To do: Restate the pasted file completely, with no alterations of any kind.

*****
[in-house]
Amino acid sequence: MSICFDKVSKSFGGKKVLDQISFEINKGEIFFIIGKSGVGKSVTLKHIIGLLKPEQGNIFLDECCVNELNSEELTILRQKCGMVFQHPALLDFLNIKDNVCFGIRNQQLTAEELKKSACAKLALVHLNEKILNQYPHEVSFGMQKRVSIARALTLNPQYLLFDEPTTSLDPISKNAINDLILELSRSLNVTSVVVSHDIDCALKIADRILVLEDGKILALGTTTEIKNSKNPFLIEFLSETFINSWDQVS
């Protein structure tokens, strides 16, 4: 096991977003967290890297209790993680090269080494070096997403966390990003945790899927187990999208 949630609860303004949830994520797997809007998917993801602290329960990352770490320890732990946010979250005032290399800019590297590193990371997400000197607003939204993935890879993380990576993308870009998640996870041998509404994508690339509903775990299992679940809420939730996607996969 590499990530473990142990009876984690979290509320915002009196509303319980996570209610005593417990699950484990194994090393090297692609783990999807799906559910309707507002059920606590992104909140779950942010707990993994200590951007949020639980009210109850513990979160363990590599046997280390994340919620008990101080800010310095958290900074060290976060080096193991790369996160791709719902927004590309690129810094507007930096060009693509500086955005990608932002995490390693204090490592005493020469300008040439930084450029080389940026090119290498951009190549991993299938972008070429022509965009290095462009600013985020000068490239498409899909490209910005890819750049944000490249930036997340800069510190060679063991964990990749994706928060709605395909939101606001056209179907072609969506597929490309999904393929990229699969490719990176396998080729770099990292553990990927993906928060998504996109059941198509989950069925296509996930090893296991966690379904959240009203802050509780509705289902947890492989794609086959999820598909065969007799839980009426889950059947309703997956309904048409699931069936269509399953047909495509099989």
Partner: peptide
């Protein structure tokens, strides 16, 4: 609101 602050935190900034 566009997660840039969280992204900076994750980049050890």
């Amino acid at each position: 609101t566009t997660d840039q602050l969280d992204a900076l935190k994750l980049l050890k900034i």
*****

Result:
[in-house]
Amino acid sequence: MSICFDKVSKSFGGKKVLDQISFEINKGEIFFIIGKSGVGKSVTLKHIIGLLKPEQGNIFLDECCVNELNSEELTILRQKCGMVFQHPALLDFLNIKDNVCFGIRNQQLTAEELKKSACAKLALVHLNEKILNQYPHEVSFGMQKRVSIARALTLNPQYLLFDEPTTSLDPISKNAINDLILELSRSLNVTSVVVSHDIDCALKIADRILVLEDGKILALGTTTEIKNSKNPFLIEFLSETFINSWDQVS
């Protein structure tokens, strides 16, 4: 096991977003967290890297209790993680090269080494070096997403966390990003945790899927187990999208 949630609860303004949830994520797997809007998917993801602290329960990352770490320890732990946010979250005032290399800019590297590193990371997400000197607003939204993935890879993380990576993308870009998640996870041998509404994508690339509903775990299992679940809420939730996607996969 590499990530473990142990009876984690979290509320915002009196509303319980996570209610005593417990699950484990194994090393090297692609783990999807799906559910309707507002059920606590992104909140779950942010707990993994200590951007949020639980009210109850513990979160363990590599046997280390994340919620008990101080800010310095958290900074060290976060080096193991790369996160791709719902927004590309690129810094507007930096060009693509500086955005990608932002995490390693204090490592005493020469300008040439930084450029080389940026090119290498951009190549991993299938972008070429022509965009290095462009600013985020000068490239498409899909490209910005890819750049944000490249930036997340800069510190060679063991964990990749994706928060709605395909939101606001056209179907072609969506597929490309999904393929990229699969490719990176396998080729770099990292553990990927993906928060998504996109059941198509989950069925296509996930090893296991966690379904959240009203802050509780509705289902947890492989794609086959999820598909065969007799839980009426889950059947309703997956309904048409699931069936269509399953047909495509099989």
Partner: peptide
């Protein structure tokens, strides 16, 4: 609101 602050935190900034 566009997660840039969280992204900076994750980049050890």
């Amino acid at each position: 609101t566009t997660d840039q602050l969280d992204a900076l935190k994750l980049l050890k900034i």